Brexit Divisions

Introducing this week's theme: UK business and trade after Brexit

The economy will be centre stage when Brexit negotiations begin in 2017. All week we’re looking at the possible consequences of different types of Brexit on specific sectors and the economy as a whole.

Uta Staiger Benjamin Martill
12 December 2016

Britain's busiest port at Felixstowe in Suffolk. John Fielding/Flickr. (CC 2.0 by-nc)

That the British decision to leave the European Union in the 23 June referendum will have profound consequences for the country’s economic policy and the future of its trade relations is no news. The economy not only loomed large in voters’ priorities pre-referendum; it still vies with immigration for the top spot in people’s expectations of Brexit. It remains an issue, which, depending on your interlocutor’s political beliefs, acts as a proxy for all that Brexit stands for: it is either opportunity or disaster, liberation or curse, the dawn of a new age or the self-exile of a country to the global backwaters.

Whatever the pure economic case, it will always be intertwined with and delimited by political viability.

If business and trade have thus substantively dominated the Brexit agenda from the get-go, the views from many trade representatives as well as ‘experts’ hailing from different institutional contexts were perhaps overly politicised. With policymakers now considering the exact kind of relationship Britain should secure with the EU, of course, the likely repercussions of commercial and trade relations the government will seek to establish with the continent need more attention than ever.

As always, however, the devil is in the detail – and in the forever vexed question of how accurately one might model the eventual outcome of today’s policy decisions. Paradoxically, in a debate where the freedom of trade predominates, it is now all about the political in our political economy: the state-devised, supervised and instituted organisation of economic interaction.

In this guest week as well as our half-day public discussion event at University College London on Wednesday, 14 December, we bring together experts from academia, law, financial and regulatory services, start-up businesses and commerce bodies to critically examine the place of business and commercial interests in the negotiations and beyond.

By doing so, the authors attend to the different agendas, which economic sectors in Britain represent and defend. They also discuss the likely nature of Britain’s trade and economic relations with the continent after Brexit, and assess the risks and opportunities associated with the various options. Among the questions they raise are those concerning the effect of Brexit on the UK’s regulatory landscape; its trade pattern; the institutional form of its post-Brexit trading regime; and the direction of travel of post-Brexit economic policy.

What draws the wide range of contributions together is the recognition, poignantly formulated now that we have moved from campaign to negotiation mode, that Brexit is no monolith. It is a vastly complex, multifaceted and time-consuming process with an unstable set of interdependent and only partially controllable elements. Likely to be neither black nor white, neither good nor bad in its entirety, we only begin to grasp what the new settlement might entail – and just what it might take to get there.

In the process, one insight seems already to be gaining ground: whatever the pure economic case, it will always be intertwined with and, crucially, delimited by, political will and viability. In this minefield, we must make a renewed case for reasoned debate, discussion, and the careful weighing up of the evidence. We may not yet know what kind of future will come our way; yet we must understand, to the greatest degree possible, what may shape and influence it.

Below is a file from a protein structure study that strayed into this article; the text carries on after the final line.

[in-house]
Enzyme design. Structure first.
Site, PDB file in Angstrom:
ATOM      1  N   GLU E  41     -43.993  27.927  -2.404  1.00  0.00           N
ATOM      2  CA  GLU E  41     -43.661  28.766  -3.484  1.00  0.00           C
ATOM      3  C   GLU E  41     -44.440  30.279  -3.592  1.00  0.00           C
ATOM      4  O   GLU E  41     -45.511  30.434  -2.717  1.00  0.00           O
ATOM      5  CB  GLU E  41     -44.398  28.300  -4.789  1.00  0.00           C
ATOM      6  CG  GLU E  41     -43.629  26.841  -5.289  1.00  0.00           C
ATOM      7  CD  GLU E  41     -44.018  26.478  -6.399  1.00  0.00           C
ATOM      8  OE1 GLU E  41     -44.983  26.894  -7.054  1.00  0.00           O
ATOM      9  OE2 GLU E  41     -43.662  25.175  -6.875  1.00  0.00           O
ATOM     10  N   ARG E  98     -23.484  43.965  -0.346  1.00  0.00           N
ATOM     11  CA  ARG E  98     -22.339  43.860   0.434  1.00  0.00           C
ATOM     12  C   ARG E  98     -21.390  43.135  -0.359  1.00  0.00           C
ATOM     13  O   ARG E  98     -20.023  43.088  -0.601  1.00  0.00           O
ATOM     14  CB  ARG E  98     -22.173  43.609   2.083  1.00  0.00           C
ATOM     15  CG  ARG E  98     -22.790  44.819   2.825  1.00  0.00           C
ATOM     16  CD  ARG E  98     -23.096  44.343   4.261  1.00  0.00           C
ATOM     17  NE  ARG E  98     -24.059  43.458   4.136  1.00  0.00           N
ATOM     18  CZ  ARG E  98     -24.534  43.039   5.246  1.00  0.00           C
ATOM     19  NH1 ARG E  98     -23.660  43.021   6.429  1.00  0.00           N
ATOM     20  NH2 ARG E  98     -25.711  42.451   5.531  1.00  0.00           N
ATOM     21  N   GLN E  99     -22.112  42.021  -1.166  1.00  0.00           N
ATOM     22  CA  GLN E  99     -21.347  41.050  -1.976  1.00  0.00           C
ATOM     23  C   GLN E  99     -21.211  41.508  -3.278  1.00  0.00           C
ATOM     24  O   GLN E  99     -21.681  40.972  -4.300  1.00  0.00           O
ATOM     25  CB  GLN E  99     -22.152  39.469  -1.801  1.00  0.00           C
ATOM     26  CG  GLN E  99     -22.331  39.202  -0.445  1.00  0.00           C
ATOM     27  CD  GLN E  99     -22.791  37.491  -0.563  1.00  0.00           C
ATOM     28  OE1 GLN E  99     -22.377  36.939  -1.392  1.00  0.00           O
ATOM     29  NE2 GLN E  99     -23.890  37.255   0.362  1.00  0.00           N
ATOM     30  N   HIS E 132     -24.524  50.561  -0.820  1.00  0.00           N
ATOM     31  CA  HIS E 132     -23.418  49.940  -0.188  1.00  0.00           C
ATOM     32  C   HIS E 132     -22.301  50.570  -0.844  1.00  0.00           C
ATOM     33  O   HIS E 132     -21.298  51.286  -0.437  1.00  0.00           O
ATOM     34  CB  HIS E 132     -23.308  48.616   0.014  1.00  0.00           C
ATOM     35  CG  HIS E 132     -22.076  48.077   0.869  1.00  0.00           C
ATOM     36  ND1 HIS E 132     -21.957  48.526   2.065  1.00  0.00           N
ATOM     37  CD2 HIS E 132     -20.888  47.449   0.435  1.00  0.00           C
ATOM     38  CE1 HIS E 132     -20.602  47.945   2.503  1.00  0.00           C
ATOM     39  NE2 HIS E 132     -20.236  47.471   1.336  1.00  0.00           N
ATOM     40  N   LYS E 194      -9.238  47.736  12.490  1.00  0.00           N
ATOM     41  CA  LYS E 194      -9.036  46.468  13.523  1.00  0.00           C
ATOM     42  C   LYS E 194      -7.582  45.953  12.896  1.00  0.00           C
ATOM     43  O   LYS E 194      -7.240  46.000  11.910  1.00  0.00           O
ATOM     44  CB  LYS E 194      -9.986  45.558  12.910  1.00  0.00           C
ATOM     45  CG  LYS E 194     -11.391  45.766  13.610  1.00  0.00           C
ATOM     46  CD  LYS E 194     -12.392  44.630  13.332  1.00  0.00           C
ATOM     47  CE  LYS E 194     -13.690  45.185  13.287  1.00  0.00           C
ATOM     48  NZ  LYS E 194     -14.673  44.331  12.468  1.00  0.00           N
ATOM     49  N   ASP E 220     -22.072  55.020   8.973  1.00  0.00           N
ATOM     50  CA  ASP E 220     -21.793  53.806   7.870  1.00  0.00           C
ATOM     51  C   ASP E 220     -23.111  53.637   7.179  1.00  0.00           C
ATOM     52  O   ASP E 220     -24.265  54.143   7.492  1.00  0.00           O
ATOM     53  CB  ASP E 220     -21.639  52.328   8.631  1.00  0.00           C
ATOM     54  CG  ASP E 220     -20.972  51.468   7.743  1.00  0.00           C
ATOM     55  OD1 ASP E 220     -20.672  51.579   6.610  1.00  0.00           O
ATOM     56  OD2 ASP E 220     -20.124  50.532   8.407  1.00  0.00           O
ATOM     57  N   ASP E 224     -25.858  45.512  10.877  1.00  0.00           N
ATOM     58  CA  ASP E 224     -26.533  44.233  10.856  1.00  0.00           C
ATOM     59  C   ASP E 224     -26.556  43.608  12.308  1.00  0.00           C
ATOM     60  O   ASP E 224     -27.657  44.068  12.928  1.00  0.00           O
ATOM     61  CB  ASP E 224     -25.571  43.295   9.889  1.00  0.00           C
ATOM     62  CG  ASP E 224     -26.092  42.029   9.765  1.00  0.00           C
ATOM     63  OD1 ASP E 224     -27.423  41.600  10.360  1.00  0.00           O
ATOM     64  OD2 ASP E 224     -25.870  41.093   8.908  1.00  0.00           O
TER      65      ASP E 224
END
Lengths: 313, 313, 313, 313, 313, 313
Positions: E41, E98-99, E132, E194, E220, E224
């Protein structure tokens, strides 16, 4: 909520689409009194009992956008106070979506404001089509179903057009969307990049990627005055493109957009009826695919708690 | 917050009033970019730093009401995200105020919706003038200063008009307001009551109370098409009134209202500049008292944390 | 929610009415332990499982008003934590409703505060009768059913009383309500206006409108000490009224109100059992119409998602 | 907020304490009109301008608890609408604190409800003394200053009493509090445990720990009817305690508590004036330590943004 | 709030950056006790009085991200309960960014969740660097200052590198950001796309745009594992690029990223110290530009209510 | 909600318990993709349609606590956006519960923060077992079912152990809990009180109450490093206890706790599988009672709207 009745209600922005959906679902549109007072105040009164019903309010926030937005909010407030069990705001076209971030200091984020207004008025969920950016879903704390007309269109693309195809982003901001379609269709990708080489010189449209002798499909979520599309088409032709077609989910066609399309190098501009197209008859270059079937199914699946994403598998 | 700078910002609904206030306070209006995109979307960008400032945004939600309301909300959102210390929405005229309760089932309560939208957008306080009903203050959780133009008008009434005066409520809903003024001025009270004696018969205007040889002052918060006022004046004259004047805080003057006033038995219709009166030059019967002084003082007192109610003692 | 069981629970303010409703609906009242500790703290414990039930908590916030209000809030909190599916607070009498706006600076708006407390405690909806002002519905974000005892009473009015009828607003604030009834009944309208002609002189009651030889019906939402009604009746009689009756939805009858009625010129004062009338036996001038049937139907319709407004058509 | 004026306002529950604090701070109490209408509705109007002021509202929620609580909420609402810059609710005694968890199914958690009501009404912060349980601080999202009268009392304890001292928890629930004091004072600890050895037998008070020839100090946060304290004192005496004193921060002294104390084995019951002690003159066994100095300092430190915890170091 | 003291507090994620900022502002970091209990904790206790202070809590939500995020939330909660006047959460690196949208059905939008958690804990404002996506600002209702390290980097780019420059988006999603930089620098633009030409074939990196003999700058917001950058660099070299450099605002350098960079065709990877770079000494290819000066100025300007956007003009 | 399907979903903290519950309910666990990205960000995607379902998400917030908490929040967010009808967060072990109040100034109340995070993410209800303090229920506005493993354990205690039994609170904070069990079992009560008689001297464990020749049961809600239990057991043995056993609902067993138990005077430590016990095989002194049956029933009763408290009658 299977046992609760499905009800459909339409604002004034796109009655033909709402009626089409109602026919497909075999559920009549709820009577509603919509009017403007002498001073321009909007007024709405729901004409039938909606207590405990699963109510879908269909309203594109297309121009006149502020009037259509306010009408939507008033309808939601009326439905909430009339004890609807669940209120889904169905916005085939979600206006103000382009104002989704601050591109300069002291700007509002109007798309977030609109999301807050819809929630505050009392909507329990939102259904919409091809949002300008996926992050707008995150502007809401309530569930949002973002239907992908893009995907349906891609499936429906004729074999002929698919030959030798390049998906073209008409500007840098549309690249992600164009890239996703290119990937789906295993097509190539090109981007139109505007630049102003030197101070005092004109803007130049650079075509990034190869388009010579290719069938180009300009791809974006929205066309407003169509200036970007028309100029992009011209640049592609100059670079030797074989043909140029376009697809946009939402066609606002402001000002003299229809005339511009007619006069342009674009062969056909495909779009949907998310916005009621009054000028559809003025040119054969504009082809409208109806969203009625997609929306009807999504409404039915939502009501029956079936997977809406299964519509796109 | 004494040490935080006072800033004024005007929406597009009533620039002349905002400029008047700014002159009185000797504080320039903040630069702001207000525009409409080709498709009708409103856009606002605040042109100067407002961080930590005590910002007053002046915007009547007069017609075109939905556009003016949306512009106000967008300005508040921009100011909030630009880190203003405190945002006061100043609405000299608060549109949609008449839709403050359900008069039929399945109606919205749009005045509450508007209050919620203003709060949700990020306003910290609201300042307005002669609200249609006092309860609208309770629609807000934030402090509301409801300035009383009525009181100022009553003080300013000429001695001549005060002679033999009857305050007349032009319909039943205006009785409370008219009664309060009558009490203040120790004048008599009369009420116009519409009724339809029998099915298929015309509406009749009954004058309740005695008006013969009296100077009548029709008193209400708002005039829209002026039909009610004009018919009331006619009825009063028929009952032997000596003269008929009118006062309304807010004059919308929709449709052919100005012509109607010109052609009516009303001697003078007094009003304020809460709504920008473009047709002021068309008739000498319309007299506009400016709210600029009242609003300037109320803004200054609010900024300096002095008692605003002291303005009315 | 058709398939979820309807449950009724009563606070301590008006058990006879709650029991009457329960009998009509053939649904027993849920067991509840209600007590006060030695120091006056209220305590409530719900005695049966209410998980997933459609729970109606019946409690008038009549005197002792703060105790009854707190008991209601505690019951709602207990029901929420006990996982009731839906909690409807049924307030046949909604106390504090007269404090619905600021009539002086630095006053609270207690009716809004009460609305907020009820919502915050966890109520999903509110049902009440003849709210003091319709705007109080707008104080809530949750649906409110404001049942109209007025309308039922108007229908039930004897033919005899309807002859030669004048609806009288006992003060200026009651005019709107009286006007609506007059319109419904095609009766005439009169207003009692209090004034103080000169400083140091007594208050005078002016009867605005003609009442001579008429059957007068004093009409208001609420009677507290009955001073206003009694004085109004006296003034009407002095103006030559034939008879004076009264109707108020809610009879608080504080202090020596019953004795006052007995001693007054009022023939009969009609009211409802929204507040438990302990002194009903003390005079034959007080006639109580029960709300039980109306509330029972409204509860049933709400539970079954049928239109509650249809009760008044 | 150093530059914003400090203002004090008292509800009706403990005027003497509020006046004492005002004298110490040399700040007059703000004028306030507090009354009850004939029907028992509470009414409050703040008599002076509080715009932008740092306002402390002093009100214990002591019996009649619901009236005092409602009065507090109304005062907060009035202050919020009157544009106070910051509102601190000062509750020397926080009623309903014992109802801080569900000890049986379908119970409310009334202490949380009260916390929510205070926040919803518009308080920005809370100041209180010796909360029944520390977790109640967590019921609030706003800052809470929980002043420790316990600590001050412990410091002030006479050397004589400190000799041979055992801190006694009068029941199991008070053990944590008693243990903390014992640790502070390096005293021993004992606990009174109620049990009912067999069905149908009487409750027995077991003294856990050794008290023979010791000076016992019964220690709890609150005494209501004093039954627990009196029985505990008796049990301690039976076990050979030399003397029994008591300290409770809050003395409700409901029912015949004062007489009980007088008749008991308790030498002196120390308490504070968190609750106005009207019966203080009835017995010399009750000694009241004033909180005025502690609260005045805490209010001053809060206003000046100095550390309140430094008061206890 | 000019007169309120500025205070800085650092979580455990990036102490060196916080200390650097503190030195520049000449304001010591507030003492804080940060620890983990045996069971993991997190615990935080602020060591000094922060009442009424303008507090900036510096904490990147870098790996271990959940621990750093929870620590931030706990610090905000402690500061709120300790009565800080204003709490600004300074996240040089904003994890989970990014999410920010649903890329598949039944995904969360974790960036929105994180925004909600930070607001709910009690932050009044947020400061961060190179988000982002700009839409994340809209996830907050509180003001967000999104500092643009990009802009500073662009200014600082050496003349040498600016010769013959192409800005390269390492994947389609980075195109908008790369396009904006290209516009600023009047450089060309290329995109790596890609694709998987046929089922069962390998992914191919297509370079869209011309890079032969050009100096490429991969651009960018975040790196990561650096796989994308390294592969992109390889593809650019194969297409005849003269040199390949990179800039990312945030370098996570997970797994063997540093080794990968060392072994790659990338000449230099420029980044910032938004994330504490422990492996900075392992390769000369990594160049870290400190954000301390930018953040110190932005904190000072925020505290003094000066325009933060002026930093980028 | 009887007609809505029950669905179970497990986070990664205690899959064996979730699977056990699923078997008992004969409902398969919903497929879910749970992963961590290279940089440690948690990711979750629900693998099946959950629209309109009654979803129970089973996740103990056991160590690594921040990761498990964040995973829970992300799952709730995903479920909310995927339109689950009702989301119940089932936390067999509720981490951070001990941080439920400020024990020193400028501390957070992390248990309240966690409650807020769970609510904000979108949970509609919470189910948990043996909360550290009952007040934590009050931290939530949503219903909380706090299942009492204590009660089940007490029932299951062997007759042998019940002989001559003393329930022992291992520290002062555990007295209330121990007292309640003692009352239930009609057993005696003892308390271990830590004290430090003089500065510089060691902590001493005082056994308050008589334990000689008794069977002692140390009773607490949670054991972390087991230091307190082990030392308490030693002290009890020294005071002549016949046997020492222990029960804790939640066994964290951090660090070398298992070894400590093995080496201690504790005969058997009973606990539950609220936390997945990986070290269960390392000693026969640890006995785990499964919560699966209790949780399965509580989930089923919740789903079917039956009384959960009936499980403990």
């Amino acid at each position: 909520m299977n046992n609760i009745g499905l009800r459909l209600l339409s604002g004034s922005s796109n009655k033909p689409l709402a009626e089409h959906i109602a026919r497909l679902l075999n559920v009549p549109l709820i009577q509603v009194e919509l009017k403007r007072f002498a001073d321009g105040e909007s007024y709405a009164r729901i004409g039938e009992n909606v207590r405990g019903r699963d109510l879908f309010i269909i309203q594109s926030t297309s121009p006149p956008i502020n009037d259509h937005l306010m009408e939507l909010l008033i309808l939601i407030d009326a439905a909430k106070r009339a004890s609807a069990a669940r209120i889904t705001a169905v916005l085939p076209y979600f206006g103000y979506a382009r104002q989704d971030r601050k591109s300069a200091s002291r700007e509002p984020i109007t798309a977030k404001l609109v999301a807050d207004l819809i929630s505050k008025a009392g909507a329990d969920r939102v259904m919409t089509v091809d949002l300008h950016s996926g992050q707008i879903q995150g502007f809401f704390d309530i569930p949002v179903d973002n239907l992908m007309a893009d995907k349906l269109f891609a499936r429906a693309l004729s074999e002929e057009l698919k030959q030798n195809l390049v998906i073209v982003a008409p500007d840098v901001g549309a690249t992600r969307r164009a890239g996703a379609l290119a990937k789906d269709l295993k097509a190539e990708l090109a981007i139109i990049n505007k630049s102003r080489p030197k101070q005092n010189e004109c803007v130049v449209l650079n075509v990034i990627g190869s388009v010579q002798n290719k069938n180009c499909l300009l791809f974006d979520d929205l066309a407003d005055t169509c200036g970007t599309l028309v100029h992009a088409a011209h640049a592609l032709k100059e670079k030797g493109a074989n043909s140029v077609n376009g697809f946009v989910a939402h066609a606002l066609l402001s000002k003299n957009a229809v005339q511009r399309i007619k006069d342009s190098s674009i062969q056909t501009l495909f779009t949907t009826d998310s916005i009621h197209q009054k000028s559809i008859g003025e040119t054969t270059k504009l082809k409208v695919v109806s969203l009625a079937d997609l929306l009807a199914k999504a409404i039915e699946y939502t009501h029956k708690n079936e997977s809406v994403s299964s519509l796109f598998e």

This guest week is the third in our Brexit Division series. The first two, published prior to the referendum, examined first how and when campaign strategies shift public opinion, and then migration as the key opinion shaper and point of controversy in these campaigns. The series is co-funded by the European Commission Representation in the UK.

Monday: The post-Brexit economy

Iain Begg (‘The economy after Brexit’) analyses the most recent data on the UK’s economic performance in the aftermath of the referendum. Noting the surprise with which many greeted the reasonably positive data on the economy, Begg interrogates the underlying factors driving this growth. He claims it is disingenuous to argue the effects of Brexit have yet to register, since some of the Treasury’s concerns have been borne out, but the country’s economic performance is not as poor as predicted. Yet he regards as equally disingenuous the claim that Brexit will not have detrimental effects on the UK economy, since the transition process has yet to begin and UK growth based on consumer spending may be difficult to sustain in the long-term. Ultimately, Begg argues we need to pay close attention to the underlying drivers of current economic growth and to shy away from simplistic predictions of disaster or success after Brexit, since the available data to date supports neither thesis.

Tuesday: Policy and business decisions during withdrawal negotiations

Brad McKay (‘The business of Brexit’) summarises the results of recent research into how firms make decisions about fundamental issues in uncertain political times. Drawing on interviews with members of the business community conducted during the 2014 referendum on Scottish independence as well as the 2016 referendum on Britain’s EU membership, McKay discusses several identifiable trends in decision-making. These include the tendency to adopt a ‘wait and see’ approach, and a general disinclination for long periods of political uncertainty. Combined with the assumption that investment decisions often take a long while to ‘register’ in economic data, McKay’s findings offer pause for thought for economists whose assessment of the UK’s post-referendum economic performance has been optimistic. McKay goes on to discuss the differences between firms in their stance on Brexit, and their willingness to ‘go public’, both of which he relates to the nature of the firm itself.